I had written this the very night I came back from Dr. Afia’s mother’s residence on March 25, 2010. For those who don’t know, the Iqra Society at IBA had conducted a Guest Speaker Session with Miss Mariam Ridley who raised her voice about Dr. Afia. The session was attended by over 200 people at an announcement just a few hours prior to the event. Dr. Afia’s sister, Dr. Fauzia, kind as she is, invited the organizers of the event at dinner at her and her mother’s place as a token of appreciation for whatever little bit we contributed to the cause.

12 comments:

  1. thanks for the comment, Saad!

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  2. MISBAH KHALIL KHANMarch 30, 2010 at 2:18 AM

    it just summed up what we truly experienced in our visit!

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  3. This little piece brought tears. I cannot imagine how you stood watching Mrs. Siddiqui.

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  4. tehmina, not only me but all the eight of us who went to her were in tears :(

    all of it was extremely painful :l

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  5. i see you tagged and then untagged me maryam...any answers to the questions that so many have asked? any explanations as to how and why this is happening?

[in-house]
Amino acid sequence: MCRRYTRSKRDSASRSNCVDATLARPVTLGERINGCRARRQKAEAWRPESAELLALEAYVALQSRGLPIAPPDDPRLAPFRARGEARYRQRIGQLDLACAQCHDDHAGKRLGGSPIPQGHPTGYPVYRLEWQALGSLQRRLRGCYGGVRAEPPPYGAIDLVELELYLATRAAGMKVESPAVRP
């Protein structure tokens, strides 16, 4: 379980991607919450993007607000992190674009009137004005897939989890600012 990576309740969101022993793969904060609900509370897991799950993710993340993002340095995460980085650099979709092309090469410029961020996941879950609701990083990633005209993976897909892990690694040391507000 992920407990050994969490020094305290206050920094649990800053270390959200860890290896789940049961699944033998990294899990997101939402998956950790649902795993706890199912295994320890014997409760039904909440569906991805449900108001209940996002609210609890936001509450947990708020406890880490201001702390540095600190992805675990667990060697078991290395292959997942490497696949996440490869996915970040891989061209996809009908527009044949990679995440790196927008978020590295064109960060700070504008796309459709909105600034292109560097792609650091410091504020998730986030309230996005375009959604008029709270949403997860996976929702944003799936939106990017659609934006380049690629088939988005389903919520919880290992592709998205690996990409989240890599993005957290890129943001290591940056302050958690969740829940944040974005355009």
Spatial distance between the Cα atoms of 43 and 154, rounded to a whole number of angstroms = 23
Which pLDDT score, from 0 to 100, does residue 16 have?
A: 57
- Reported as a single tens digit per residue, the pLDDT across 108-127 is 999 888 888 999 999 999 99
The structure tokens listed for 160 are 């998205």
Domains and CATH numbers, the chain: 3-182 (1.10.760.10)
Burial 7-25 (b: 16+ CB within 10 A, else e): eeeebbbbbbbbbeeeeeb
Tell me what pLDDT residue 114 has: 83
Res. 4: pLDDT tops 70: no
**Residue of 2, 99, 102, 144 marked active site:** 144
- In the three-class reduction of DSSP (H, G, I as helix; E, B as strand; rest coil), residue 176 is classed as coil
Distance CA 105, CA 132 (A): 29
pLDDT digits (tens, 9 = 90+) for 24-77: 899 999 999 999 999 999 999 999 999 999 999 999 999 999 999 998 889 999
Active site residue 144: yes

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  6. nabeel, i tagged and untagged you so that i could tag more people and then untag them too to tag more because i felt like tagging everyone and the notes app. had a limit.

    well, the whole aim of our observance of Black Day today, march 30 that is, is to mark seven years of inhumane torture, rape and rendition.

    i do not attempt to explain why it happened. Rather, i wish to condemn whatever is happening as a complete violation of Human Rights and say that it can not be justified by any means.

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  7. I went through a similar state after meeting the brave mother who despite such a tribulation stands firm.

    I have also shared my experience here:
    http://arjumand-atif.blogspot.com/2009/06/remembering-dr-afia.html

    It is about time we account these criminals: the so-called super power thinking it can trample all rules but let it not forget Allah has His own way of punishing these people.

    May the mother meet her beloved daughter soon and may we be able to play our role other wise I fear we might have to pay a heavy price.

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  8. i think u can write more to it now, this is more of a reporting style thing u've written... write like u usually do maryam!

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  9. @ arjumand

    it feels comforting to know that there are others too who care about the injustice being done to our brothers and sisters in Islam and humanity.

    I read your article, too. It just pains me to read the same experience I went through.

    @Amna, this article was put in black and white when i couldn't even think coherently, let alone write.. but still i had thought that putting it on paper then and there would lead a much more emotionally and factually honest piece.